Hey! My name is Matthew So, I am a Computer Science major, and I plan on graduating in 2022, assuming all goes well. Although for most of my life, I have lived in the U.S., for my earliest years, I was raised in Hong Kong, so there’s that.

Although I have, of course, taken English classes in the past, including AP English Language in high school, this is my first English class at Georgia Tech. However, as you may know, this class certainly diverges from most other English classes; for most, I remained unconvinced in my abilities to write, which led me to treat such classes begrudgingly, as only busy work to finish. As such, for me, I most enjoy non-verbal communication, since unlike most types, it remains hidden yet enhances other, more visible, communication modes; even the raising of an eyebrow can completely alter the connotations of a sentence. However, I still struggle with verbal and oral communication; it’s just that every word matters, and because of that, it’s difficult to balance both clarity and emotiveness, meaning that half the time, I act far too formally, causing me to speak nearly condescendingly or incomprehensibly, while in the other half, I become so informal that it outright becomes inappropriate (hopefully, this blog will address that). With this class, however, and the fact that this class involves significant interpretation of verbal and oral communication, since the class requires analyzing television, I’m confident that I’ll be able to become more aware of visual implications. Speaking of television, for me, I never really engaged with current TV, simply because I either couldn’t allow myself enough time or because none of the TV shows available on major networks at the time interested me. However, with many of the current TV shows that this class has introduced me to, such as Jane the Virgin and The Good Place, I believe that I might re-enter the realm of TV, especially with the wide variety available today (after all, this is supposedly “peak TV”).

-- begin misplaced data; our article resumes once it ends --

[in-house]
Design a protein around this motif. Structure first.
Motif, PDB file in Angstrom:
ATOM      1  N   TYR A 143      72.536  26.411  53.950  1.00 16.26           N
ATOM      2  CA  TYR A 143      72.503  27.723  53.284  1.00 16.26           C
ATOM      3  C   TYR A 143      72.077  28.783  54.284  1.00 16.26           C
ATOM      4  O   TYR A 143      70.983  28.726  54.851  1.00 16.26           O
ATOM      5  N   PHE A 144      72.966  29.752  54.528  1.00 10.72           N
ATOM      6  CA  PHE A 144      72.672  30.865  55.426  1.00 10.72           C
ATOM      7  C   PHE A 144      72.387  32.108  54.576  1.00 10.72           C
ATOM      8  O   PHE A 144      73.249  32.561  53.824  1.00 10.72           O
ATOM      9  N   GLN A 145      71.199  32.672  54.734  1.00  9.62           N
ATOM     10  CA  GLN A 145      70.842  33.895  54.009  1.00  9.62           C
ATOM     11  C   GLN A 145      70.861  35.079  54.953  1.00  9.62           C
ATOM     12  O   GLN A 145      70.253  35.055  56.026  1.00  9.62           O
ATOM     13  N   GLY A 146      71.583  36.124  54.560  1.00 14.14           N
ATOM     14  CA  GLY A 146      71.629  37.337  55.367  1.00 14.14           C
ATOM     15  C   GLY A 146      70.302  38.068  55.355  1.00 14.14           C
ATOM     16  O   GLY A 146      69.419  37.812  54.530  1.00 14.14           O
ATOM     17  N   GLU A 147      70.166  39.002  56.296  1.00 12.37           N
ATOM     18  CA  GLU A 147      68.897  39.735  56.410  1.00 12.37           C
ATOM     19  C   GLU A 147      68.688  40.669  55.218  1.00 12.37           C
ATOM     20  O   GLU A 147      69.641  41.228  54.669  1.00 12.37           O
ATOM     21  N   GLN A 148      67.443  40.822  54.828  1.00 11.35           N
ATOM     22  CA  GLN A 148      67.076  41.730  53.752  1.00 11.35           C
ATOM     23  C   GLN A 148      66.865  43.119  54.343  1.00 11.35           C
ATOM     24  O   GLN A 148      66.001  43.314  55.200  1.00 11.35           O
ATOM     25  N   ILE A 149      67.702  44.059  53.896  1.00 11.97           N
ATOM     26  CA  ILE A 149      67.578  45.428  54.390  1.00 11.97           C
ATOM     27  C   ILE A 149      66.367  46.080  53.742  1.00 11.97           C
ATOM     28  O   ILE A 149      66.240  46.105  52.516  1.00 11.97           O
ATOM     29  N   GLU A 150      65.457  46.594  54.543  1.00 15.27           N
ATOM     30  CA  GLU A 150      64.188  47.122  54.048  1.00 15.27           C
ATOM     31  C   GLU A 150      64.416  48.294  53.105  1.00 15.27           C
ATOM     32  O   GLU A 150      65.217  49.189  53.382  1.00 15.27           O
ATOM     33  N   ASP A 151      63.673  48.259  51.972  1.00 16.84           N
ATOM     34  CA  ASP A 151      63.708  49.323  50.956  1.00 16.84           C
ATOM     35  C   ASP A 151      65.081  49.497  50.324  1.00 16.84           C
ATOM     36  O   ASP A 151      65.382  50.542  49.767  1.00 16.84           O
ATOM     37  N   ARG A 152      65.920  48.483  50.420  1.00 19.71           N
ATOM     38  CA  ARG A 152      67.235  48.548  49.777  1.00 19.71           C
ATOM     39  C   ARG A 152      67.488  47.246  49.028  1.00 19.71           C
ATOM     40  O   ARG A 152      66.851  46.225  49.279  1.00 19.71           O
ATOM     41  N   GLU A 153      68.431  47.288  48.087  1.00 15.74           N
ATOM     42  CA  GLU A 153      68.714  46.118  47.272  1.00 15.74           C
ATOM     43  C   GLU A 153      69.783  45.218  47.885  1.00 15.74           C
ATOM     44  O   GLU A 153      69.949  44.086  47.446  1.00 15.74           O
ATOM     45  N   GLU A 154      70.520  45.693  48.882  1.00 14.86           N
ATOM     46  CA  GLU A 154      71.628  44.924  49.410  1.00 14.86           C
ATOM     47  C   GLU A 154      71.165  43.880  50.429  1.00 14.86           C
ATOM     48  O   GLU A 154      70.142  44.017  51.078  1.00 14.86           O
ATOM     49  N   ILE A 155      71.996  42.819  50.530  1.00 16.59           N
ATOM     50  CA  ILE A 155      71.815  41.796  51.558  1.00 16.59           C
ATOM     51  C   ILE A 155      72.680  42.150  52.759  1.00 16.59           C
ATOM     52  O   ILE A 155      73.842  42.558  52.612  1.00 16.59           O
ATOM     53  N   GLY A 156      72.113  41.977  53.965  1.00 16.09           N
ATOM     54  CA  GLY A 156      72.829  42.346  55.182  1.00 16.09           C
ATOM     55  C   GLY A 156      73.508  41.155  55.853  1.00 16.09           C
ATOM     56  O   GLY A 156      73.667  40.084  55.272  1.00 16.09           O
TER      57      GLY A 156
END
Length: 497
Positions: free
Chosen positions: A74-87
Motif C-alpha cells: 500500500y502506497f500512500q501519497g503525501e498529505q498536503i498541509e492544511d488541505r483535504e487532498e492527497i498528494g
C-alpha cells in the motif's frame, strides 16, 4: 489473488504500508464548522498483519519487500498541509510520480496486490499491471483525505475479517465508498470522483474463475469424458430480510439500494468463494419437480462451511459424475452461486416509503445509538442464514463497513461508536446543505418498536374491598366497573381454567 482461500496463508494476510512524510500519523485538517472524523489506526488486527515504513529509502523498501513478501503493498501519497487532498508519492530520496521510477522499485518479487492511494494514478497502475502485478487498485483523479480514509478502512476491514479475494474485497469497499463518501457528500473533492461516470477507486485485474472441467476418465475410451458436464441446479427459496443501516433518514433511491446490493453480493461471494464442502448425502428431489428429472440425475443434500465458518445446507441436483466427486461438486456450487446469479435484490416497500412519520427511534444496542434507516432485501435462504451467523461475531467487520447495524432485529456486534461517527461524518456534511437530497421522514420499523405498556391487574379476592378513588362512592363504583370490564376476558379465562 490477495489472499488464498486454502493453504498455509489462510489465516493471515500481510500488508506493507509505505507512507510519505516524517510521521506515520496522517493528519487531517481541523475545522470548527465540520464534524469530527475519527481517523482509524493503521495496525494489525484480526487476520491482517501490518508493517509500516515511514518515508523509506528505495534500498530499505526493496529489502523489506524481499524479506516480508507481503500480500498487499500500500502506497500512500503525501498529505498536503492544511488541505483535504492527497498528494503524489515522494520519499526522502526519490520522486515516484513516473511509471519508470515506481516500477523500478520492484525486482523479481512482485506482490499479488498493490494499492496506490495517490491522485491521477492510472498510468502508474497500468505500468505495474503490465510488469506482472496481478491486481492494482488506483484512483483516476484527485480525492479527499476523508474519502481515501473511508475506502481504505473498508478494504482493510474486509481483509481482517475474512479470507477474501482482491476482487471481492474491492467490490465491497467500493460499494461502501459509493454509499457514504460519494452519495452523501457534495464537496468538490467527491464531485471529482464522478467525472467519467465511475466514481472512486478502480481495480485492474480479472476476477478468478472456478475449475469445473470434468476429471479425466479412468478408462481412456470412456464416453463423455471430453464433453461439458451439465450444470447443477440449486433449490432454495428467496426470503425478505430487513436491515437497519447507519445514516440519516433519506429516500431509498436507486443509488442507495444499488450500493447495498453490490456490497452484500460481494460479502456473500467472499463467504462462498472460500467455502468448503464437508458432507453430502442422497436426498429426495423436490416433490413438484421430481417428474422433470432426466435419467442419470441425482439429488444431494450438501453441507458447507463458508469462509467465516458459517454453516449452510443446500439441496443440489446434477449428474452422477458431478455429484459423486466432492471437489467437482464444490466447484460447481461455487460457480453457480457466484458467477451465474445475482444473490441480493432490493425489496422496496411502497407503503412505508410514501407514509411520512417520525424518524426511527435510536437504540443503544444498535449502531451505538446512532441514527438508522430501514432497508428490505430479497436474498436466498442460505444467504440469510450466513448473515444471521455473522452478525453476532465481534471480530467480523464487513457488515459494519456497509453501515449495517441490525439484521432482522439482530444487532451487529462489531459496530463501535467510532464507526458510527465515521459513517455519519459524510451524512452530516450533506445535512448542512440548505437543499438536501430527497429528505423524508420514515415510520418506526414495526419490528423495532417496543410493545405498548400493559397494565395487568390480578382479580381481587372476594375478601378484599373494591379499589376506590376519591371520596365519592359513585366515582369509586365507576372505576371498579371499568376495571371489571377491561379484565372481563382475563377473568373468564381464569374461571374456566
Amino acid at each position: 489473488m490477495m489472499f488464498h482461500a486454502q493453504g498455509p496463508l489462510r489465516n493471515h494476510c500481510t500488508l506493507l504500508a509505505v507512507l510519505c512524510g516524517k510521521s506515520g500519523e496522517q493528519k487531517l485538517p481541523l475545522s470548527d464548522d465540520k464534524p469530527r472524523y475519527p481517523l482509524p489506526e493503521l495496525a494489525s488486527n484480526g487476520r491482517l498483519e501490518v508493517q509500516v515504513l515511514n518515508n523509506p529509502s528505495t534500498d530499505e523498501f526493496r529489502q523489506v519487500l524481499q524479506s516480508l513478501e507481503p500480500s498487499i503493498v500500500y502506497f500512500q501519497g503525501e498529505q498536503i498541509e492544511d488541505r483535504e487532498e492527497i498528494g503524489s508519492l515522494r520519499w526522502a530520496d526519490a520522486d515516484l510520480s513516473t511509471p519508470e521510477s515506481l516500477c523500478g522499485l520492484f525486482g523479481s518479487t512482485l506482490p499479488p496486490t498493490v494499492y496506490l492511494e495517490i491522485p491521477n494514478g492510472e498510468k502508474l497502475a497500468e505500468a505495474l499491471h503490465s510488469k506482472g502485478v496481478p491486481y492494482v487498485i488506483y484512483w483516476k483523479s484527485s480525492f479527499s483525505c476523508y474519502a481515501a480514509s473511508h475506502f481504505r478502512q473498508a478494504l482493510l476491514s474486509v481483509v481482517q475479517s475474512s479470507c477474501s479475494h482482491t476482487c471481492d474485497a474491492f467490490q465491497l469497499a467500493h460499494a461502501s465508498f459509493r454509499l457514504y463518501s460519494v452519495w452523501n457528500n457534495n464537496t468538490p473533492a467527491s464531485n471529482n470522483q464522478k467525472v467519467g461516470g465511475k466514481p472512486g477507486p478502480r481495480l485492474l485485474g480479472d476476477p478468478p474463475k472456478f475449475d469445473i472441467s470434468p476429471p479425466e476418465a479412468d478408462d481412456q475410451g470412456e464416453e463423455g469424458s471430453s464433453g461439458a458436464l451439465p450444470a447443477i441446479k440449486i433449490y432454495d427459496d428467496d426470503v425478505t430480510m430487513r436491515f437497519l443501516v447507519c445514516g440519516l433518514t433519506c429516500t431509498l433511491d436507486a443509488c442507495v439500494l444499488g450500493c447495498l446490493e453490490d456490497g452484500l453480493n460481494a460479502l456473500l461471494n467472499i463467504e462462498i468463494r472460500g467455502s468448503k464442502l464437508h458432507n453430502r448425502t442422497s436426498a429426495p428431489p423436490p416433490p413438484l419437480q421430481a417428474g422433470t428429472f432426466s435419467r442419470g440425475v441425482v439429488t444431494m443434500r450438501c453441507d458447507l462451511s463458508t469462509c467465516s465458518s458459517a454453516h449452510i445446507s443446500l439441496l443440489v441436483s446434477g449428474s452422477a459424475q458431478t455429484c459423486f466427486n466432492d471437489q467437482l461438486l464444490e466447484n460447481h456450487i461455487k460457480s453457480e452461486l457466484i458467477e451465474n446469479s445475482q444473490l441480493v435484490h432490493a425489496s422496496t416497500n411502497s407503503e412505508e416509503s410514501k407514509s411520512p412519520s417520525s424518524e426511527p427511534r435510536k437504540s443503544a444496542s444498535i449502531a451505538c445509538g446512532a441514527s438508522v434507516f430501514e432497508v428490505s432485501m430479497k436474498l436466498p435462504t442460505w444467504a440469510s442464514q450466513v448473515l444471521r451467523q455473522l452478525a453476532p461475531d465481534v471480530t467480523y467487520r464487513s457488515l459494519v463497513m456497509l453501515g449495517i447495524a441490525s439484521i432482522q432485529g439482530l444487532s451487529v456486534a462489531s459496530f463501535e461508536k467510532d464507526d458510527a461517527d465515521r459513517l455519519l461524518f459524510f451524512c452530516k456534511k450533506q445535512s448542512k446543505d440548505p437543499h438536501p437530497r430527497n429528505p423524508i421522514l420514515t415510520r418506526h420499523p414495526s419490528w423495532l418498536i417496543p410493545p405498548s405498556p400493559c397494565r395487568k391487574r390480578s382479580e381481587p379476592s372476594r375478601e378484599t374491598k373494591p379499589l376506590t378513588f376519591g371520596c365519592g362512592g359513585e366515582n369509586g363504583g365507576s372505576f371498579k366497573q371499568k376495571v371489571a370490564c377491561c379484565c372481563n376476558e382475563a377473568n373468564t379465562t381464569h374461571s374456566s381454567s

My face after realizing that I get to watch TV for a grade

As for the TV show to review, I have chosen Switched At Birth primarily due to its handling of not only class distinctions but also deaf/hearing distinctions as a television show from a national broadcaster in prime-time. The plot centers around two girls, Bay, and Daphne, the former of which was raised in a wealthy suburb and the latter of which was raised in an impoverished neighborhood and became deaf after contracting meningitis, which were, like the namesake, switched at birth. Overall, though, I’m excited for this TV show, especially considering the high representation of deaf or hard-of-hearing actors and actresses in this program.